Winnipeg Free Press - PRINT EDITION

A lifeline to Iranian teen from a world away

  • Print

Imagine two young women, both born in Iran -- one from an affluent and supportive family, the other neck-deep in poverty with nowhere to turn; one dealt an abundance of opportunities, the other sentenced to death for stabbing a man who tried to rape her.

The Tale of Two Nazanins is the powerful and deeply moving account of what happens when a privileged Iranian-Canadian receives a plea for help from a 17-year-old in her family's native country.

First-time author Nazanin Afshin-Jam is best known for her recent marriage to Defence Minister Peter MacKay.

She has enlisted the help of journalist and author Susan McClelland (The Bite of the Mango) to tell the story of her relationship with Nazanin Fatehi, who was still a teenager when she emailed for help halfway around the world.

Afshin-Jam, by the way, comments only briefly on her relationship with MacKay near the end of this book, explaining how they met through her human-rights work.

Afshin-Jam relates the story of her life in a sort of first-person memoir. She alternates these chapters with those about Fatehi based on interviews with her and information from those who knew her.

Neither Afshin-Jam nor McClelland met Fatehi, and at this point her whereabouts are unknown.

Afshin-Jam was born in Iran to well-off parents who fled the country in 1979 after the Islamic revolution. She grew up in Vancouver.

In 2003 she was crowned Miss Canada and then runner-up for Miss World. She completed a bachelor's degree in political science and a master's in diplomacy. With the help of her brother-in-law, a music producer, she signed a record deal in 2006.

At times Afshin-Jam dwells excessively on her own accomplishments and many heroes. However, it is the inspiration she drew from these people, she says, that led her down the admirable path she soon follows to help someone she has never met.

Fatehi is Kurdish and was born and raised in Iran. She grows up in abysmal poverty with a mother who feels that she was cursed to give birth to a girl. Her father is unable to hold a job and spends his time smoking cheap opium.

A younger brother, who is allowed to eat meat while his sisters are not, spits on her, kicks her and demeans her. In fact, beatings are commonplace for Fatehi at the hands of both parents. And she cannot go to school as she has to care for her siblings.

Her only refuge from her life of misery is an older woman named Hana who comforts and feeds the young girl when she can. One day, Hana tells her, "You know, our culture, we have been so oppressed by so many nations over our history.... Men take out their frustrations on women. And women take it out on their children. This is most common with the poor, like you."

One day, while still a child, Fatehi is raped by a friend of her father's. Some years later she is again accosted by a group of men, and one attempts to rape her.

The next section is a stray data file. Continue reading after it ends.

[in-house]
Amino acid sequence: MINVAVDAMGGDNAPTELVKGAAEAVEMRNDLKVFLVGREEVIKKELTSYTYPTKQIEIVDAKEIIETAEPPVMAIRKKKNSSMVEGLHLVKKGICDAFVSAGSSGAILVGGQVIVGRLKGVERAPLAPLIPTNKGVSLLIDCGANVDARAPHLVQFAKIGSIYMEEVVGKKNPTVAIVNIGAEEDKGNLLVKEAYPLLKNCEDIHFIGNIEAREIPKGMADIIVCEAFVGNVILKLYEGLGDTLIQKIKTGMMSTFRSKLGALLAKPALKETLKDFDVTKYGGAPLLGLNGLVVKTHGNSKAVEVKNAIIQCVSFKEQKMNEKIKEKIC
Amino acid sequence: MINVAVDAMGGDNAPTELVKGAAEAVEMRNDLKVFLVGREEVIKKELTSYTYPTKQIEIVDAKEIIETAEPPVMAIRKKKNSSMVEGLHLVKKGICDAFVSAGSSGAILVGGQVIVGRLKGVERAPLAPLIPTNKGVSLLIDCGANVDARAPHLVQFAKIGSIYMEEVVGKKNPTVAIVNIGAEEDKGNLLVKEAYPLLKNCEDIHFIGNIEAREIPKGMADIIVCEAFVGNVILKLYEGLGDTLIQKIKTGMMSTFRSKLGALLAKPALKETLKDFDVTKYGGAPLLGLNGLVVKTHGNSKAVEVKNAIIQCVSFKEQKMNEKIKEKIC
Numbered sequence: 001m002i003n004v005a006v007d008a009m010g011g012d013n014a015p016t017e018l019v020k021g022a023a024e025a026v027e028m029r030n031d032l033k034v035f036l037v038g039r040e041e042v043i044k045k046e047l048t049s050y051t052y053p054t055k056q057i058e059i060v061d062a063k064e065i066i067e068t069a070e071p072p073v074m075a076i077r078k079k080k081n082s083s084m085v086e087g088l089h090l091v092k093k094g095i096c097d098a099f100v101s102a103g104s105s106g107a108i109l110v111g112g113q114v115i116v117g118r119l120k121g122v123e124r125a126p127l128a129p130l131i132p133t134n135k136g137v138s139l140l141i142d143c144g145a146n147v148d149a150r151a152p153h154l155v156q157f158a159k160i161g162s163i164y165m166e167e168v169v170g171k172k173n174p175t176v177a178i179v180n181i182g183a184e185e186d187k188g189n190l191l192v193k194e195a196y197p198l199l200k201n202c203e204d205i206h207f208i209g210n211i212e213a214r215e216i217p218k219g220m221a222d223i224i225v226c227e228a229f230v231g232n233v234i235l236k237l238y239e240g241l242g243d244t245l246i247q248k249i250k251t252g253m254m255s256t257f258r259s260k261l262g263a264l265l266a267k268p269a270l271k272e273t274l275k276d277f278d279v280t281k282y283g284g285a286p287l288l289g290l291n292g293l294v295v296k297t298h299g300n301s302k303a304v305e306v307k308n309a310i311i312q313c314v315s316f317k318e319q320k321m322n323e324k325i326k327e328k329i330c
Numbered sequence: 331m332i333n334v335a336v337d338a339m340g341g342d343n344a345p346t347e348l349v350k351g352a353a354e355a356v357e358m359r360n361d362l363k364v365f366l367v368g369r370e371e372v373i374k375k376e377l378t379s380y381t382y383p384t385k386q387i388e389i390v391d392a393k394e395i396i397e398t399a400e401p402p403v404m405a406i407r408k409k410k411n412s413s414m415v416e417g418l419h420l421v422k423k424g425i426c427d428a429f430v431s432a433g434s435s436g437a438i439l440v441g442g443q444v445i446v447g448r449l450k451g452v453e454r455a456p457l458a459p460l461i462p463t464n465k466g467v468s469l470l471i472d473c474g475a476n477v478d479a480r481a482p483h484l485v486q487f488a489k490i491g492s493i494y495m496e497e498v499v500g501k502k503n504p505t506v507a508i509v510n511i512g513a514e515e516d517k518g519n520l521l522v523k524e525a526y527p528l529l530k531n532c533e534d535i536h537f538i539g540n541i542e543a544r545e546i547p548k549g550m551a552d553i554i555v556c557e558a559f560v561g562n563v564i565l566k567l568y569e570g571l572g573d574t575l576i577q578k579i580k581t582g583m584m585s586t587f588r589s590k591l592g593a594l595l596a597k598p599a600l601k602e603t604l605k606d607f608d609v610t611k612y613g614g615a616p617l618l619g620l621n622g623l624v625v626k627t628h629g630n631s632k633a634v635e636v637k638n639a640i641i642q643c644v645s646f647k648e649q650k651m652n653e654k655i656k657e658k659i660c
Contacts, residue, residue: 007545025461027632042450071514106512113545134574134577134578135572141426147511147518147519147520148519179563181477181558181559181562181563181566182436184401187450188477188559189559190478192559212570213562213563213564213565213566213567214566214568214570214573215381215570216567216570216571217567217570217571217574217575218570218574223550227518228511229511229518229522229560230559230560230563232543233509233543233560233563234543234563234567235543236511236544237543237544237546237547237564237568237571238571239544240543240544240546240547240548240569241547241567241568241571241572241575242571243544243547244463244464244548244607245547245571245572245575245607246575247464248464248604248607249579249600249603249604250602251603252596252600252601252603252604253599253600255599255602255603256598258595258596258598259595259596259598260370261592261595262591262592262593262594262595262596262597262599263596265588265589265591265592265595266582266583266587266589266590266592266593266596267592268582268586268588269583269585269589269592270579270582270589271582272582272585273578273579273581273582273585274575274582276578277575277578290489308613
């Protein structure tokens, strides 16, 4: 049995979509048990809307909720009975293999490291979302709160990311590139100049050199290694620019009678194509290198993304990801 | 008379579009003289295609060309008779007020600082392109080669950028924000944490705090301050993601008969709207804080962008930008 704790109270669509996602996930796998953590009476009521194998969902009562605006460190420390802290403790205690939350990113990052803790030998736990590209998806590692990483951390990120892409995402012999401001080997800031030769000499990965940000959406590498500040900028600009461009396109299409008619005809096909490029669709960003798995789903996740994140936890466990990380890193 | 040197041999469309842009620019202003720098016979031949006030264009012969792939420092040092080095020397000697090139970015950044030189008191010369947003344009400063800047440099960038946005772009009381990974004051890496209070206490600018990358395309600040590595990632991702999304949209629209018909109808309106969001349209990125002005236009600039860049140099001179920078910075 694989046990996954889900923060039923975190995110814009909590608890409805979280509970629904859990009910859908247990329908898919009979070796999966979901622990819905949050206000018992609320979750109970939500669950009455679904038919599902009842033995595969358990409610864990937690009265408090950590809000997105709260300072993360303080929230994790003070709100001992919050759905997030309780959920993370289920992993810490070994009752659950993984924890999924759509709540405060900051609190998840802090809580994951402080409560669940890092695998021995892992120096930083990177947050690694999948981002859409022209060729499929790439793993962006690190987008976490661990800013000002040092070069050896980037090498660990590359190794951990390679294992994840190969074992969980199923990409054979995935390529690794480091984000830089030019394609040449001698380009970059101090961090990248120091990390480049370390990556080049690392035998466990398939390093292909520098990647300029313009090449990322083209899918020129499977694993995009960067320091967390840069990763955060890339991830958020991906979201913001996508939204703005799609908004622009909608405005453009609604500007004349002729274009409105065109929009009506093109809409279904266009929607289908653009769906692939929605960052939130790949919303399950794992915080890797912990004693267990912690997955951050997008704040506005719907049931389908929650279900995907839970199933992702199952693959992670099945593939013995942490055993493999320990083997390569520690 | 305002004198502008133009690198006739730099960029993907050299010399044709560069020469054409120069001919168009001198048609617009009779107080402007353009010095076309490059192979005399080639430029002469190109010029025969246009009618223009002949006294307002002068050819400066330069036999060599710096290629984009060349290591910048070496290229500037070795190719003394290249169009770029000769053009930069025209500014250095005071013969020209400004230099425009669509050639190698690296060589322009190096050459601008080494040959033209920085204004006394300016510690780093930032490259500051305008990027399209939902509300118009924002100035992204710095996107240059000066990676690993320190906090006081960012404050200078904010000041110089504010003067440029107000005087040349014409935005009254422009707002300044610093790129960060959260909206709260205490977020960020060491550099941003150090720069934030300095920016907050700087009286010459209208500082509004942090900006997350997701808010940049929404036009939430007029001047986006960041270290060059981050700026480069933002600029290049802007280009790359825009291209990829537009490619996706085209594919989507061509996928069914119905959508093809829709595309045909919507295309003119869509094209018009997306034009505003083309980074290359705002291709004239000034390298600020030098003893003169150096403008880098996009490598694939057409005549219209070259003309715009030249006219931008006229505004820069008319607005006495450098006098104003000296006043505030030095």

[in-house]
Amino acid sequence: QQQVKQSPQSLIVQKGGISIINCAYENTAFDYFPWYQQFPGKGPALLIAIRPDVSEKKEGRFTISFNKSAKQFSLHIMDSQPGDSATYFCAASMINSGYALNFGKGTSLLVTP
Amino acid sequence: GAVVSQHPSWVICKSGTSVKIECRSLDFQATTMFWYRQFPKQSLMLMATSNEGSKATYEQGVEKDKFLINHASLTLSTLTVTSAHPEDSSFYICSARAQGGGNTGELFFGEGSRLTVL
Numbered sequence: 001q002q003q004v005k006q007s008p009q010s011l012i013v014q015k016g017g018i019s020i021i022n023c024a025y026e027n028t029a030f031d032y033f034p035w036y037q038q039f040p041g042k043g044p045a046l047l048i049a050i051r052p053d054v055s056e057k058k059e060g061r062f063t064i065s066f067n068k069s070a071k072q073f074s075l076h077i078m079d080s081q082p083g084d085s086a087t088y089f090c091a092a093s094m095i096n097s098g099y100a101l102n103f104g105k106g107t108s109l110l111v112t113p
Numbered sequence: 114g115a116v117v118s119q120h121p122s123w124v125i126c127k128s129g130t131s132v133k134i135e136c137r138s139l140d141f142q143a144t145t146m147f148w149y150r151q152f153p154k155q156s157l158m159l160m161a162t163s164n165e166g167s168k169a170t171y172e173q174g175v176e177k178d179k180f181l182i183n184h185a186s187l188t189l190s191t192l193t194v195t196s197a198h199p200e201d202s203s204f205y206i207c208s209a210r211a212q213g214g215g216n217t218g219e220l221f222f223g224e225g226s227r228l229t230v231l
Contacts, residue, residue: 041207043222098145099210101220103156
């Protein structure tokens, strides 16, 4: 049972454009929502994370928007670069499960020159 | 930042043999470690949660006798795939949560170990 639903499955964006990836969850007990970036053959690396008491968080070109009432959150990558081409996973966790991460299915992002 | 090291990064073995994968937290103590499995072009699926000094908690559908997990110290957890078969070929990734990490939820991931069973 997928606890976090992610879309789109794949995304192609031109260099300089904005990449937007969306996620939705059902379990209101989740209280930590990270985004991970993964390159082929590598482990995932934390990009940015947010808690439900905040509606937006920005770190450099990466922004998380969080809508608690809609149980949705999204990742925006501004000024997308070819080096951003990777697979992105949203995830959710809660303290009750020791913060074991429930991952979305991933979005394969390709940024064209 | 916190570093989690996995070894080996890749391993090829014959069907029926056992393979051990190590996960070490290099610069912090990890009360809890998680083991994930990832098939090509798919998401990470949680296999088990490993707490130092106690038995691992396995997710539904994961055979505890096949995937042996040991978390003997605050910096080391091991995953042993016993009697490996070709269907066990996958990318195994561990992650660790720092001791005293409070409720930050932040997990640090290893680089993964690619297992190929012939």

This time she stabs him, and when he dies she is sentenced to be executed, imprisoned, drugged and beaten for two years.

Fatehi's story will resonate with women all over the world, even here in North America. Like Manitoba writer Beatrice Mosionier in Come Walk with Me, Fatehi must deal with the tragic loss of family and self-worth and powerlessness.

When Afshin-Jam receives the email asking her to help the teenager on death row, she steps up and launches a campaign to try to free the young woman. It is in these sections that her story shines.

Cheryl Girard is a Winnipeg writer.

The Tale of Two Nazanins

A Teenager on Death Row in Iran

and the Canadian Who Vowed to Save Her

By Nazanin Afshin-Jam and Susan McClelland

HarperCollins, 289 pages, $32

Republished from the Winnipeg Free Press print edition June 16, 2012 J8

Fact Check

Fact Check

Have you found an error, or know of something we’ve missed in one of our stories?
Please use the form below and let us know.

* Required
  • Please post the headline of the story or the title of the video with the error.

  • Please post exactly what was wrong with the story.

  • Please indicate your source for the correct information.

  • Yes


  • This will only be used to contact you if we have a question about your submission, it will not be used to identify you or be published.

  • Cancel

Having problems with the form?

Contact Us Directly
  • Print

You can comment on most stories on You can also agree or disagree with other comments. All you need to do is be a Winnipeg Free Press print or e-edition subscriber to join the conversation and give your feedback.

You can comment on most stories on You can also agree or disagree with other comments. All you need to do is be a Winnipeg Free Press print or e-edition subscriber to join the conversation and give your feedback.

Have Your Say

New to commenting? Check out our Frequently Asked Questions.

Have Your Say

Comments are open to Winnipeg Free Press print or e-edition subscribers only. why?

Have Your Say

Comments are open to Winnipeg Free Press Subscribers only. why?

The Winnipeg Free Press does not necessarily endorse any of the views posted. By submitting your comment, you agree to our Terms and Conditions. These terms were revised effective April 16, 2010.


Make text: Larger | Smaller


RMTC preview of Good People

View more like this

Photo Store Gallery

  • Marc Gallant/Winnipeg Free Press. Gardening Column- Assiniboine Park English Garden. July 19, 2002.
  • Young goslings are growing up quickly near Cresent Lake in Portage La Prairie, Manitoba- See Bryksa 30 Day goose project- Day 11- May 15, 2012   (JOE BRYKSA / WINNIPEG FREE PRESS)

View More Gallery Photos


Do you agree with the province’s crackdown on flavoured tobacco products?

View Results

View Related Story

Ads by Google